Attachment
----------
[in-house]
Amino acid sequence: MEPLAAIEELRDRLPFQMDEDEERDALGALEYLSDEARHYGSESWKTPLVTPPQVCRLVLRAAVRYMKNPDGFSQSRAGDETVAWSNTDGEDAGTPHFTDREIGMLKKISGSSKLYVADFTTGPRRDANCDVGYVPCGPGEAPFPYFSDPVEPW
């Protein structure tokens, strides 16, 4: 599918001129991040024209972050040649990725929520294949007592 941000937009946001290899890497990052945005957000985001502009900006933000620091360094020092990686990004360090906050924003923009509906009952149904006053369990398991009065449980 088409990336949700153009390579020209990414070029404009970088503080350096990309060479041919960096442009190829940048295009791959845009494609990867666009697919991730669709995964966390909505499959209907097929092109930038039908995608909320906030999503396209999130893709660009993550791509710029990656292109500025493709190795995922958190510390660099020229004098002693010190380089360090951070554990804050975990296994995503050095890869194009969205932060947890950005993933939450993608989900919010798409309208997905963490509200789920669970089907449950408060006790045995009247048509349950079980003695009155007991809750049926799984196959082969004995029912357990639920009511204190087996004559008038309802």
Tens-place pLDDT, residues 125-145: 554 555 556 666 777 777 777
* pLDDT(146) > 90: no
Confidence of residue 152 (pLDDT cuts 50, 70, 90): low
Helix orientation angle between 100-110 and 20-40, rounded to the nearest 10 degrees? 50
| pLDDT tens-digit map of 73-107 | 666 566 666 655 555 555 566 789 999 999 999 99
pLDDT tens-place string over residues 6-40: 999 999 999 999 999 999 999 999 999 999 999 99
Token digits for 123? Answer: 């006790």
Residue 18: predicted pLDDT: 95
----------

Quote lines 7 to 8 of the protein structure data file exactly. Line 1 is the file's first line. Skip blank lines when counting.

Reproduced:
Helix orientation angle between 100-110 and 20-40, rounded to the nearest 10 degrees? 50
| pLDDT tens-digit map of 73-107 | 666 566 666 655 555 555 566 789 999 999 999 99